Facing pushback from industry and Republicans in Congress, the U.S. Environmental Protection Agency delayed on Friday a proposal that would require mining companies to show they have the financial wherewithal to clean up their pollution so taxpayers aren't stuck footing the bill.
Contaminated water from mine sites can flow into rivers and other waterways, harming aquatic life and threatening drinking water supplies. Companies in the past avoided cleanup costs in many cases by declaring bankruptcy.
Newly sworn-in EPA Administrator Scott Pruitt, a longtime critic of the agency during his previous position as Oklahoma attorney general, said the four-month delay would give more opportunity for public comment.
The financial assurance rule was proposed during the Obama administration and fiercely opposed by mining industry representatives, who contended it was unnecessary and redundant because of other programs meant to prevent mines from becoming government cleanup liabilities.
"By extending this comment period, we are demonstrating that we are listening to miners, owners and operators all across America and to all parties interested in this important rule," Pruitt said in a statement.
Environmentalists generally endorsed the proposal as a way to make sure mining companies were held accountable. "It appears the new EPA administrator is already favoring industry over public interest with this delay," said Bonnie Gestring with the advocacy group Earthworks.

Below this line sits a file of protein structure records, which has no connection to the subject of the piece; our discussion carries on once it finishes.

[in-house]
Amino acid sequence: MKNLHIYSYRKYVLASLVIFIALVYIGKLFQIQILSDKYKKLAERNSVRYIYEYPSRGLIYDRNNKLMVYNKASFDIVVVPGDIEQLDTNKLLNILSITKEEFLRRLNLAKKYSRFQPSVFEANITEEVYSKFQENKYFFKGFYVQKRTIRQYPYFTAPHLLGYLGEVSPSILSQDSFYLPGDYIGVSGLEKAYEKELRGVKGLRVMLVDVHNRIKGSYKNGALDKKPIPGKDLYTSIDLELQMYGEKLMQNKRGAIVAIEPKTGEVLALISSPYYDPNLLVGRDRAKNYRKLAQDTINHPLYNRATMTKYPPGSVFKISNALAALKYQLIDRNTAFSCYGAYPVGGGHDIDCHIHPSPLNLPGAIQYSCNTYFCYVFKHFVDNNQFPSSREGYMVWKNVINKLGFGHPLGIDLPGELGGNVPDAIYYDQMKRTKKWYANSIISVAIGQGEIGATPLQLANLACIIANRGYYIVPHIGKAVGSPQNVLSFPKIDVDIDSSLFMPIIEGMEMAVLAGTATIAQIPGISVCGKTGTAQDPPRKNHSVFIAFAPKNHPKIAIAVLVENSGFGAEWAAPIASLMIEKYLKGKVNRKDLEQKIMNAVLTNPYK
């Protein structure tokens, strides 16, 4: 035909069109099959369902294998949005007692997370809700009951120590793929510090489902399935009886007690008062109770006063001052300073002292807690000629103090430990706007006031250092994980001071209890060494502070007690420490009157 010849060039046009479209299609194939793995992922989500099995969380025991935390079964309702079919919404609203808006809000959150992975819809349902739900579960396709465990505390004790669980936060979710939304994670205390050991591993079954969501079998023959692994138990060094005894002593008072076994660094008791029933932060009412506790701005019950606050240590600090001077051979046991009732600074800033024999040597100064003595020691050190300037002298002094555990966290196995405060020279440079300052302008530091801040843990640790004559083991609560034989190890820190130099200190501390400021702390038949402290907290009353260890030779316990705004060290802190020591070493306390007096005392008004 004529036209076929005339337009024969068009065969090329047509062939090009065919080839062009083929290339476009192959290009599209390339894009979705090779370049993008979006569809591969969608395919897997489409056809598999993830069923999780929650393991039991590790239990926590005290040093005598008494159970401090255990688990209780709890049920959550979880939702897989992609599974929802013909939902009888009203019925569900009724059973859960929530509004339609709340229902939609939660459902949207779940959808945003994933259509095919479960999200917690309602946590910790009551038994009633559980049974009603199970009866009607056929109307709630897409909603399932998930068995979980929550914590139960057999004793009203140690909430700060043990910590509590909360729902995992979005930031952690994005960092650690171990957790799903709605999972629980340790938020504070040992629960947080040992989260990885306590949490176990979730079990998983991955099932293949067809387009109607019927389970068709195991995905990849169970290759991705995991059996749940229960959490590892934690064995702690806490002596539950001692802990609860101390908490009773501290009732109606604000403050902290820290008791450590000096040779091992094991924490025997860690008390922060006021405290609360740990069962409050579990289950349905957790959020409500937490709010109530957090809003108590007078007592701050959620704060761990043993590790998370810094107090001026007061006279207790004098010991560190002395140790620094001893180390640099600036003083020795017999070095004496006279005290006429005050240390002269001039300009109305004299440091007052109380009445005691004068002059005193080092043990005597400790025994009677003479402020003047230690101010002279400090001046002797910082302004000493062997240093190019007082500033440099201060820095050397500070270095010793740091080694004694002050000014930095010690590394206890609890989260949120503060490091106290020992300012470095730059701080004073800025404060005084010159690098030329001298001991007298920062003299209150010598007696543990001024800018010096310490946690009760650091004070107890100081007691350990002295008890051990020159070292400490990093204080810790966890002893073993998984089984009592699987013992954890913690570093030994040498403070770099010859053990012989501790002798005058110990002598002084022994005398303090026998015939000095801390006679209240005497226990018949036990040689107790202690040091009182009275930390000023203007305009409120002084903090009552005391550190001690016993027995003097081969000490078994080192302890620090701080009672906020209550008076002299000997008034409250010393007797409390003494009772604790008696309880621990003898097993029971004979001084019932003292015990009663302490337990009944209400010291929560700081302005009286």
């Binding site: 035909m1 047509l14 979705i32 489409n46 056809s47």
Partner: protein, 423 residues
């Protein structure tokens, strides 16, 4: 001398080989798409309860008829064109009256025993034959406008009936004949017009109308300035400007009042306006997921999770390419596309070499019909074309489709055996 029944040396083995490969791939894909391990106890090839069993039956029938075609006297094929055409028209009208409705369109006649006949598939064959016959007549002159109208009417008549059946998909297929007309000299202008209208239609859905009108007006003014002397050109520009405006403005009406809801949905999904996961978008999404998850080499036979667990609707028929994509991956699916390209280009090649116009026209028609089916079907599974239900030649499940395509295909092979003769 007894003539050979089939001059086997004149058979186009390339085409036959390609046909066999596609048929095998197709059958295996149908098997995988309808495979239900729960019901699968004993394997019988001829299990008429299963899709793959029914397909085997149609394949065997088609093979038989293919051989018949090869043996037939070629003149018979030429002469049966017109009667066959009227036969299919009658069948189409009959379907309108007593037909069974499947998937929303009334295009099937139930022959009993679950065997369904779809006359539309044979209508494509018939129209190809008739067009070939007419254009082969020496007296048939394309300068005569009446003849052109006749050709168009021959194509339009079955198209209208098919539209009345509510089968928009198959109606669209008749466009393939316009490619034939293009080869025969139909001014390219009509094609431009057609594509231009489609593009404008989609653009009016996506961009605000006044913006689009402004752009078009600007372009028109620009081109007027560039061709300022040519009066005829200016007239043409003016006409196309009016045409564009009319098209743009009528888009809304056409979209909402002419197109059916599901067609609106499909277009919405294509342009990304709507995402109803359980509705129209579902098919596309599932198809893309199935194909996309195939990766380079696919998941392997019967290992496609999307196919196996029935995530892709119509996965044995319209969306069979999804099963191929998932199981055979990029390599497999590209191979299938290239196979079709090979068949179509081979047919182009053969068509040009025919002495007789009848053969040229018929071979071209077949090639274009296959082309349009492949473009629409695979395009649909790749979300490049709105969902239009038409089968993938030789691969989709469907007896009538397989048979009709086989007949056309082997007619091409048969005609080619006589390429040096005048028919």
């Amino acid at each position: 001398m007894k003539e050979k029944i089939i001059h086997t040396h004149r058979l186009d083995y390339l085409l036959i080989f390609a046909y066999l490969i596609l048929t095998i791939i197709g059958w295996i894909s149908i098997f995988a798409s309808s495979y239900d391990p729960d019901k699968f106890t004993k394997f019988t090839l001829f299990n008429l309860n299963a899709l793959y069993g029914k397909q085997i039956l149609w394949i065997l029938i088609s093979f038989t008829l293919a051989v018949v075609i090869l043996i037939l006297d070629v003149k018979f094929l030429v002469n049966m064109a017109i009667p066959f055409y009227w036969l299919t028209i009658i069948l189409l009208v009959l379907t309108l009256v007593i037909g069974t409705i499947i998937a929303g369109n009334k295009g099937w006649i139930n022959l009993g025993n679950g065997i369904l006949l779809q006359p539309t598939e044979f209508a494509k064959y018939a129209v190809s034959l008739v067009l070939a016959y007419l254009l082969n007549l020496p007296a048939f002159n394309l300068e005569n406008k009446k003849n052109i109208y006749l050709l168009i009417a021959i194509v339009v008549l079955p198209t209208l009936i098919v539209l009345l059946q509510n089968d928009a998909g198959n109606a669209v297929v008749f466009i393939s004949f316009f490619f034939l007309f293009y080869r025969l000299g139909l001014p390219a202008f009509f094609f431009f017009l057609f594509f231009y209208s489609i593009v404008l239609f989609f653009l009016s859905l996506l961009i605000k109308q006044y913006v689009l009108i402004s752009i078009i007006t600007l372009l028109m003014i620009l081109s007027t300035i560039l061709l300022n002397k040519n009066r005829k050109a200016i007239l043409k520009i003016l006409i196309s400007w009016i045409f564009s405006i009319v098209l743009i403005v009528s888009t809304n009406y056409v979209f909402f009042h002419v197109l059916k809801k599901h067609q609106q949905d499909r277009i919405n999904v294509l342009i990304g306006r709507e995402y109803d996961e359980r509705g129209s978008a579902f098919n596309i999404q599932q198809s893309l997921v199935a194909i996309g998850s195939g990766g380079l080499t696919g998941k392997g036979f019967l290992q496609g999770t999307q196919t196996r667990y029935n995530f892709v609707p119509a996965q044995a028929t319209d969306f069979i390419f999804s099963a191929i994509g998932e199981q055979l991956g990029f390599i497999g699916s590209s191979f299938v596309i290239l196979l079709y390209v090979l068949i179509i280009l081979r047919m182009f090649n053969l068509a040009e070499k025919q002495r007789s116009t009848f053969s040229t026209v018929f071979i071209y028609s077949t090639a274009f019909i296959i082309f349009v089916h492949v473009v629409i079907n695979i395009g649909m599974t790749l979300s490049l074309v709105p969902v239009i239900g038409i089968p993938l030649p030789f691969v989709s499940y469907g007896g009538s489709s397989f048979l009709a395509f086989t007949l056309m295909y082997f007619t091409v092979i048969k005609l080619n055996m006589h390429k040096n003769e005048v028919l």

The delayed rule was unveiled late last year under a court order that requires it to be finalized by December 2017. The order came after environmental groups sued the government to enforce a long-ignored provision in the 1980 federal Superfund law.
EPA officials said Friday they still intend to meet the court-ordered deadline.
The proposal would apply to hard-rock mining, which includes mines for precious metals, copper, iron, lead and other ores. It would cover thousands of mines and processing facilities in 38 states, requiring their owners to set aside sufficient money to pay for future clean ups.
From 2010 to 2014, the EPA spent $1.1 billion on cleanup work at abandoned hard-rock mining and processing sites across the U.S.
Companies would face a combined $7.1 billion financial obligation under the proposed rule, costing them up to $171 million annually, according to the EPA. The agency said the amount could be covered through third parties such as surety bonds or self-insured corporate guarantees.
Republican U.S. Senators John Barrasso of Wyoming and Dean Heller of Nevada welcomed Friday's delay. Barrasso has said the benefits of the proposal were dwarfed by its potential costs to industry. Heller criticized the previous administration for having been "too quick to hand down harsh regulations and rules without considering the impact."
Last year, an EPA cleanup team triggered a 3-million gallon spill of contaminated water from Colorado's inactive Gold King mine. The accident tainted rivers in three states with heavy metals including arsenic and lead and highlighted the problem posed by tens of thousands of mine sites across the nation.